As the debate unfolds in the coming months over the fate of bilingual education in California, here are some of the terms and programs that will be discussed:
FEDERAL vs. STATE LAW: The U.S. Supreme Court has established the general principle that students who are not fluent in English are entitled to educational opportunity equal to that of native English-speakers — including instruction in their native language, if necessary. California’s 1980 bilingual education law is more specific: Whenever a school has 10 or more children at a grade level who speak the same non-English language, the school must provide them with a credentialed bilingual teacher who is fluent in both English and their native language. The state law is scheduled to expire in June, however, at which point responsibility for bilingual education will revert to local school districts unless a new law is passed. Conservatives generally favor allowing the law to expire, contending that local districts should have flexibility to make their own policies. Supporters of the bilingual law express concern that many districts will try to phase out bilingual instruction unless the state
retains control. In any case, a key question is how the state’s schools should implement Proposition 63, the initiative approved by voters in November that makes English the state’s official language.
HOW BILINGUAL EDUCATION WORKS: Typically, students enrolled in a bilingual program receive a substantial part of their initial instruction, including reading, in their native language. At the same time, they start studying English, usually during daily periods of intensive instruction in English as a second language (ESL). Classes in subjects such as art, music and physical education that require minimal verbal comprehension are usually taught in English or “sheltered English.”
Experts say that students who follow this pattern usually become proficient in English in about three years and have the best opportunity to keep pace academically with their English-speaking peers.
During 1985-86, the vast majority of bilingual classrooms in California — 10,912, or 92% — were for children whose primary language is Spanish. Cantonese speakers had the second-largest number of bilingual classrooms — 255 — followed by Vietnamese (231), Korean (39) and Filipino (34).
The state also identified the need for a number of Cambodian (141), Hmong ( 104) and Lao (54) bilingual programs but was unable to provide full-fledged programs to these students because teaching materials, staff and training programs in their languages were not available.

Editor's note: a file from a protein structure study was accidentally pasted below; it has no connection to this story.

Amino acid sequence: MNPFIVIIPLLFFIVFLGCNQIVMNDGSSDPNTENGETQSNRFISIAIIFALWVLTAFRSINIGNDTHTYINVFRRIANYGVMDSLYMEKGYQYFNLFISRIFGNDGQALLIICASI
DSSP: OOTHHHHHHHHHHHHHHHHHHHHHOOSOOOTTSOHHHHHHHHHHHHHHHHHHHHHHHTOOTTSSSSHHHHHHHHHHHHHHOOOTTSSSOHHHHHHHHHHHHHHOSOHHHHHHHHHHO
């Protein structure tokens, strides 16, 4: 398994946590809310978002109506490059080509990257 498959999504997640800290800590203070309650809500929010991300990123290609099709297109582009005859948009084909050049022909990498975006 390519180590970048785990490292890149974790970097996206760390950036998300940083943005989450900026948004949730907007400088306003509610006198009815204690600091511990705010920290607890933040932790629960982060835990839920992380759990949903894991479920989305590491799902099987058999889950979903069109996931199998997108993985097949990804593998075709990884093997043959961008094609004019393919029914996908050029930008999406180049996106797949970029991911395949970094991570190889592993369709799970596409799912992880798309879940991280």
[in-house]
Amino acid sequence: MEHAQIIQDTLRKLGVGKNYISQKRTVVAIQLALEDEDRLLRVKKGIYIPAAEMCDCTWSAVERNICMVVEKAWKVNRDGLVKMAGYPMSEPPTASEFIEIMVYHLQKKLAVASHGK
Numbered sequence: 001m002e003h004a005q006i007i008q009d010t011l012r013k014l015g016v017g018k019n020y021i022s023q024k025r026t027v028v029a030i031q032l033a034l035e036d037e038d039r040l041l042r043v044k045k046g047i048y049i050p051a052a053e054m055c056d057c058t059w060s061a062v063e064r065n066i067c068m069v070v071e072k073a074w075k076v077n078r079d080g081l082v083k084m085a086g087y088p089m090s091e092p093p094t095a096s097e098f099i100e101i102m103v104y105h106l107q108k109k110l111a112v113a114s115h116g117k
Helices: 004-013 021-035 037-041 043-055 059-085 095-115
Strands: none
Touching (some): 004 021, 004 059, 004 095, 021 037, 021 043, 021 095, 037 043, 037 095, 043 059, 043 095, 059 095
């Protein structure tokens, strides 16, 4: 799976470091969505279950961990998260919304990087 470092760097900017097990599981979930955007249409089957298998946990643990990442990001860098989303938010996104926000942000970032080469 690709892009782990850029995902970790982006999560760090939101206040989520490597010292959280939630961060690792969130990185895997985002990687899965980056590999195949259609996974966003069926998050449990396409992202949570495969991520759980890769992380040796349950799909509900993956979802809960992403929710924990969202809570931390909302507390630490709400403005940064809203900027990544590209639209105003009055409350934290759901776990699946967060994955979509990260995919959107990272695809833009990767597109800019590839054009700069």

A shortage of qualified teachers has complicated the state’s bilingual education effort. Last year, fewer than half (49.6%) of the state’s Spanish-English bilingual classrooms were taught by certified bilingual teachers. The rest were taught by teachers “on waiver,” teachers who have some training in bilingual education but have not yet passed the three-part state exam required for certification. Candidates have six years to pass the exam. Most of those who do not pass are stymied by the test’s language-proficiency component (it also assesses the candidate’s understanding of the relevant culture and of teaching methods). In classrooms taught by a teacher on waiver, the law requires that an aide who speaks the relevant language assist for a minimum of three hours a day.
ENGLISH AS A SECOND LANGUAGE (ESL). The term applies to a wide variety of approaches to teaching English to students who speak some other language. Most commonly, ESL involves periods of intensive instruction in English, ideally with an emphasis on communication rather than grammar.
IMMERSION. English-only instruction. Parents of children who are not fluent in English are not required to enroll their children in any of the above programs. Some prefer English-only instruction in a classroom that is predominantly English-speaking. Most experts believe immersion is the approach of choice only when the student has a strong academic background in his primary language and when some sheltering is done to enhance the student’s access to subject matter. Some critics refer to immersion in which no allowance is made for the student’s lack of English fluency as submersion.
SHELTERED ENGLISH OR SHELTERED CONTENT. Sheltering is a technique for teaching academically demanding courses such as science and social studies in English to students who are not fluent in English. Teachers make the subjects more comprehensible for their students by slowing down their speech, repeating key vocabulary words, using visual aids and other strategies. The technique also appears to facilitate the students’ acquisition of English.